This is certainly far more benign than I expected, though it is worth pointing out at this point that there also the Hadith, to consider, supposedly the direct words of god spoken through Mohammed, though Shia and Sunni Muslims have different versions of these. There is also of course Sharia Law that should perhaps be considered, however at present I will leave these to one side and focus on the agenda I initially outlined. Seemingly the punishment for Blasphemy is solely in the hands of god according to the Quran, perhaps this is where Ghandi derived the phrase, ‘we are all such sinners we should leave punishment to god.’

The Qur’an does talk  of punishment for those who make war in opposition to God and Muhammad:

The punishment of those who wage war against Allah and His Messenger, and strive with might and main for mischief through the land is: execution, or crucifixion, or the cutting off of hands and feet from opposite sides, or exile from the land: that is their disgrace in this world, and a heavy punishment is theirs in the Hereafter;” Qur’an, sura 5 (Al-Ma’ida), ayah 33 Qur’an 5:33. 

Which is less benign, but at least seems to focus on the warmongers, who it might be argued deserve what they get. And by this verse perhaps we might condemn Osama Bin Laden, and Al Zwahiri et al, since it seems to me they wage war against Islam as implied in the tone of tolerance and forgiveness for blasphemy outlined above.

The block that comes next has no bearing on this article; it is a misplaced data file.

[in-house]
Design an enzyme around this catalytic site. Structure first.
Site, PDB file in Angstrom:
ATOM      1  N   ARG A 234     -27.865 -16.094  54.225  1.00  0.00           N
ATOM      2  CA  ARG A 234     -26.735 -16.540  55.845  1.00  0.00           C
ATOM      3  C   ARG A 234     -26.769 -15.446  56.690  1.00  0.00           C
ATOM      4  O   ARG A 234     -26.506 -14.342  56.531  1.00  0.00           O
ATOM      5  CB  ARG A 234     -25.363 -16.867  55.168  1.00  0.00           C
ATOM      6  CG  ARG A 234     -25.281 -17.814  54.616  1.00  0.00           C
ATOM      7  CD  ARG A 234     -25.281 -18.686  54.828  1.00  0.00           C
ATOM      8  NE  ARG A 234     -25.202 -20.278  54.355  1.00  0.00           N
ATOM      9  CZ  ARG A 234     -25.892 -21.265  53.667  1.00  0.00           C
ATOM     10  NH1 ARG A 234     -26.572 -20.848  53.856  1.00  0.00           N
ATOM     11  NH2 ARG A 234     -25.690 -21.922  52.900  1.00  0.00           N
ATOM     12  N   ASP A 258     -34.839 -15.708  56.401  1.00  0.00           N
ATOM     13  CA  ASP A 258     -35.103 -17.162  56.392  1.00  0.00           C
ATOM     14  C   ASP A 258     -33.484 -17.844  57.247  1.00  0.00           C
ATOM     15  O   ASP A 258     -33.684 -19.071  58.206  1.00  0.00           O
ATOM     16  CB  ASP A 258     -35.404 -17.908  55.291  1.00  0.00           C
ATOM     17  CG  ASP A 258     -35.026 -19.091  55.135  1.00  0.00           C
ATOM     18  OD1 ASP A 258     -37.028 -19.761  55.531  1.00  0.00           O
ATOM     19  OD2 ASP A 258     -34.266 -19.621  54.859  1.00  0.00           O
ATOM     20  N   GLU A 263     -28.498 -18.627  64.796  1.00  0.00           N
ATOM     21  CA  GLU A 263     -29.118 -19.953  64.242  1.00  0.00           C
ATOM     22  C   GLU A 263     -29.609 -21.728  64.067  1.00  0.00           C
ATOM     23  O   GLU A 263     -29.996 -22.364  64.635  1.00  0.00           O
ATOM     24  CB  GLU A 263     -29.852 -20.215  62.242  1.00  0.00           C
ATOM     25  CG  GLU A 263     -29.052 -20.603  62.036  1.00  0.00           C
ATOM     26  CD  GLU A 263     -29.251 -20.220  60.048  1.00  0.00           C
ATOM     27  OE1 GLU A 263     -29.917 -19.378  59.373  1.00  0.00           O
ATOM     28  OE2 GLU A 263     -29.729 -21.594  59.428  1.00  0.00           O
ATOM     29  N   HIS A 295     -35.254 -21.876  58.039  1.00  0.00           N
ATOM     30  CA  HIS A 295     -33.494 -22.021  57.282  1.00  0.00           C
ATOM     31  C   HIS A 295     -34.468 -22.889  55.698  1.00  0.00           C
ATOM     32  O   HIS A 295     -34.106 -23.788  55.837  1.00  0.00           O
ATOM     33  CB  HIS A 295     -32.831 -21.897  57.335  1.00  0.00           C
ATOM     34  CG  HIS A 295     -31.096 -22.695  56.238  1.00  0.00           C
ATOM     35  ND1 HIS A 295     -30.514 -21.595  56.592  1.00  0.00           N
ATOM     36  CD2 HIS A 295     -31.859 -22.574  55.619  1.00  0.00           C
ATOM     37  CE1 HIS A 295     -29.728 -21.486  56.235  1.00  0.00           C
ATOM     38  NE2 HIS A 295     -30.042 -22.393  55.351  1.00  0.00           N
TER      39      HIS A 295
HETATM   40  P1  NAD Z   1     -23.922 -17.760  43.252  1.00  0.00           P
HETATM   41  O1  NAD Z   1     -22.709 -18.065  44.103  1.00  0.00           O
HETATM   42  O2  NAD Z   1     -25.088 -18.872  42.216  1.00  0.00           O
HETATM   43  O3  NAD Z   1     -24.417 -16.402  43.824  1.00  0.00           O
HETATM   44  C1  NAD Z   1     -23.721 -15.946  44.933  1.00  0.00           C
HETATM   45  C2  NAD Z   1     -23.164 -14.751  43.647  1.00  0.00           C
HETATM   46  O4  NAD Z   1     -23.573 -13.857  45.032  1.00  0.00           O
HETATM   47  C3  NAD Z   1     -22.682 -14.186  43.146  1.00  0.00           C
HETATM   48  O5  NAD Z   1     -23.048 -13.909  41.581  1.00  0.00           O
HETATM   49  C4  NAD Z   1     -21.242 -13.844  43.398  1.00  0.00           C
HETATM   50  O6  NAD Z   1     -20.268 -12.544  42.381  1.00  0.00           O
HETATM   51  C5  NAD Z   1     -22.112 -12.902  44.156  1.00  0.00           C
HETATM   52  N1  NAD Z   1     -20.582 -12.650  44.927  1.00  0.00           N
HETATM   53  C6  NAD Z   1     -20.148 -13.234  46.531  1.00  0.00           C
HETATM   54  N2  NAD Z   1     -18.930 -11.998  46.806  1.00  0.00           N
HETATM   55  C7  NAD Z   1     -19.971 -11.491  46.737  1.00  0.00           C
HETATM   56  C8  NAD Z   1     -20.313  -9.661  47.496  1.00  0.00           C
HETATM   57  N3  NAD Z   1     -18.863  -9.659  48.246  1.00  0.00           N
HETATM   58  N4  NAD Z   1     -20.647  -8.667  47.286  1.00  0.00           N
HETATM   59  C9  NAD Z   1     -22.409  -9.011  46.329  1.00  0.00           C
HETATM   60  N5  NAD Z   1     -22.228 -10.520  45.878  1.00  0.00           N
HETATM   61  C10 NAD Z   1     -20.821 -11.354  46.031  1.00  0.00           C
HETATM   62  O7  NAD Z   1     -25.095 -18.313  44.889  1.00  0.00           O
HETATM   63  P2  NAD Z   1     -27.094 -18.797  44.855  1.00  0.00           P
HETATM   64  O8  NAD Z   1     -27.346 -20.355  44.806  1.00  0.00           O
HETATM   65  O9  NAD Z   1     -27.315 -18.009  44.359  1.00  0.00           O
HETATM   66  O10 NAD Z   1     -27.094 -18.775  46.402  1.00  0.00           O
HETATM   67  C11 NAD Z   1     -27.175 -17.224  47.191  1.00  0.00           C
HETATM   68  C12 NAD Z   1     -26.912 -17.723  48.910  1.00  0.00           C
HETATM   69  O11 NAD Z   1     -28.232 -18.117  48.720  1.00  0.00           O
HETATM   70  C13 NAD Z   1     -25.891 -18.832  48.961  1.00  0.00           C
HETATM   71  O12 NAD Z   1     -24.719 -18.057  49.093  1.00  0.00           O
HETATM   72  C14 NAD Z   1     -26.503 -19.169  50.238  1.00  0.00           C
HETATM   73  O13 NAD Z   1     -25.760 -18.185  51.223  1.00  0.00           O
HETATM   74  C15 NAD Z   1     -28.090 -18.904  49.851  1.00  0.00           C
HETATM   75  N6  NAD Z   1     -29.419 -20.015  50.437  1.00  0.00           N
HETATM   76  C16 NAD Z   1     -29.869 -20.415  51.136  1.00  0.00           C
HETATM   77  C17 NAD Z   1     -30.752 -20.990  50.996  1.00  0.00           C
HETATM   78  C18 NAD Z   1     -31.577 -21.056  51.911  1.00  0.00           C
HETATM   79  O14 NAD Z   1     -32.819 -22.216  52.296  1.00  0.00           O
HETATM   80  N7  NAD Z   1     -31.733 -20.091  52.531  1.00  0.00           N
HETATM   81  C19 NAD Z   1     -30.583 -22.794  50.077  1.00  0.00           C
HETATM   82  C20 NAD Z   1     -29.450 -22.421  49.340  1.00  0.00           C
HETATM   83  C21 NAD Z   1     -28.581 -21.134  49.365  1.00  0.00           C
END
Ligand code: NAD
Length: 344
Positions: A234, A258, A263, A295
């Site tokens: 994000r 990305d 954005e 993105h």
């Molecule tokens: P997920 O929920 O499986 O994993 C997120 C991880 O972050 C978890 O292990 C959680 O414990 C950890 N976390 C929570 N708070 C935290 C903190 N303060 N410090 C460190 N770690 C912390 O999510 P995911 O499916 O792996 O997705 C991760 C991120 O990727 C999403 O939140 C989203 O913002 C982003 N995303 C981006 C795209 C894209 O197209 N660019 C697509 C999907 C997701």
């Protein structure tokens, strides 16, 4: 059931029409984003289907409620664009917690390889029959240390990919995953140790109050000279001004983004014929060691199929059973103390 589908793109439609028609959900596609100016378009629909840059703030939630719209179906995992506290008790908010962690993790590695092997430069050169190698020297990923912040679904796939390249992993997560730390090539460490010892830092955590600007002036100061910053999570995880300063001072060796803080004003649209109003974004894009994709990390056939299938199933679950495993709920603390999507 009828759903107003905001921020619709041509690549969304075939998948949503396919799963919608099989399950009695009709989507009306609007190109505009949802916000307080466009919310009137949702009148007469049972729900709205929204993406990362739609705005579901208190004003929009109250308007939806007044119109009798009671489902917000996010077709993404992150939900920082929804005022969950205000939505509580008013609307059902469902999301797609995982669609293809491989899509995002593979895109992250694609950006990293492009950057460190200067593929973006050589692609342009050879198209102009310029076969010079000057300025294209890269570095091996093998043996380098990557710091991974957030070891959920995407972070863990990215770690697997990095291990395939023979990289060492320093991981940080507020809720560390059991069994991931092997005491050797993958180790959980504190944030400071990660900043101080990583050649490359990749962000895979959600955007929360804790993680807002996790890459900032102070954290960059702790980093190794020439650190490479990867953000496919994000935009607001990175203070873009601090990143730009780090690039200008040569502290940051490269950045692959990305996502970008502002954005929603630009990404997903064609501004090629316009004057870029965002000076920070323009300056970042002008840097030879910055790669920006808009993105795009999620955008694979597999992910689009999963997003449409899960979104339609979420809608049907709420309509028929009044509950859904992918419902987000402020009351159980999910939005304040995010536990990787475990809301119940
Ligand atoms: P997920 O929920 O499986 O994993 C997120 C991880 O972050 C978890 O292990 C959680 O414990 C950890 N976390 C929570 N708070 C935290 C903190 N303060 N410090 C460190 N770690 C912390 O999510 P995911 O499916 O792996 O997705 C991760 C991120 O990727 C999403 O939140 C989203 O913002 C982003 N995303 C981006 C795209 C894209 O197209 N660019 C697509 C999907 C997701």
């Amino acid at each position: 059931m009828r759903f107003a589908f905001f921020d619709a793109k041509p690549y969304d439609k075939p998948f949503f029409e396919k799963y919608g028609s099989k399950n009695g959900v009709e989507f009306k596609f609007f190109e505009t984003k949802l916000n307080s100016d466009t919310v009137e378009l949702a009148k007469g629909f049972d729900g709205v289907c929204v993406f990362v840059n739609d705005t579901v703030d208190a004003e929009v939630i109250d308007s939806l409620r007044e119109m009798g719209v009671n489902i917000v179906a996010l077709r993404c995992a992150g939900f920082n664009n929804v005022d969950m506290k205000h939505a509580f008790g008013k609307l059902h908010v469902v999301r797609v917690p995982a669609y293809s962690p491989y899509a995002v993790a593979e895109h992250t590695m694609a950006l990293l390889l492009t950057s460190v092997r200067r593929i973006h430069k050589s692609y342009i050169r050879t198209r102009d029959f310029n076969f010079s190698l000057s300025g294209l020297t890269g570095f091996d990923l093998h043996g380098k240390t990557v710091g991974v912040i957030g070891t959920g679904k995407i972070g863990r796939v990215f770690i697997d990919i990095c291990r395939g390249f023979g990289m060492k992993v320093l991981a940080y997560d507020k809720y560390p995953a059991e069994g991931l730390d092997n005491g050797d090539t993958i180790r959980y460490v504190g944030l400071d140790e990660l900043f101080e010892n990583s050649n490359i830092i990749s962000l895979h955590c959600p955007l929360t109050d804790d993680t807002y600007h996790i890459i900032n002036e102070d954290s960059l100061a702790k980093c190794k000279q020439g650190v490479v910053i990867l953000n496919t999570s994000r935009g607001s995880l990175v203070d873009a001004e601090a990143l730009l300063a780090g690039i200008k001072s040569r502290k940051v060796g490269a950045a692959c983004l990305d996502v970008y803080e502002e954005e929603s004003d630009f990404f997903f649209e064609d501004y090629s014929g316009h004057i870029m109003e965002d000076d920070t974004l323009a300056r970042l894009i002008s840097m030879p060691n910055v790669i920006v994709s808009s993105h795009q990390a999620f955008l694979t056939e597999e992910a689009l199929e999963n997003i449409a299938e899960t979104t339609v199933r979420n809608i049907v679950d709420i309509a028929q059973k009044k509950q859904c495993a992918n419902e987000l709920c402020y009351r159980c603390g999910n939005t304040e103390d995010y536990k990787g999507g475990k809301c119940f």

As I have indicated the relatively benign tone of the Quran in comparison to the old Testament verses cited above surprised me, so if we were to develop a scoring system, of 0, for the worst, 1 for the middling, and 2 for the best of these positions.

Judaism:             0

Christianity        1 (Because we are feeling generous)

Islam                  2

So today’s surprise outright winner on benevolence towards Blasphemy is the Quran.


About Transremaxculver

An entirely fictitious username I created for posting on 'alt.religion.scientology', Scientology is something of which I am highly critical. For those of you who don't know, the Church of Scientology have a habit of making life very uncomfortable for even the most legitimate of critics, which is why this username is completely anonymous. Anyway I have become quite fond of this username, and although it has to some extent outgrown it's original purpose, I think a blog is perhaps the right place for me/it to continue to grow and develop.
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One Response to Punishment and Blasphemy in The Abrahamic Religions.

  1. Pingback: Serious Work to be Done: New Approaches to Spirituality 1 « My Caravan of Dream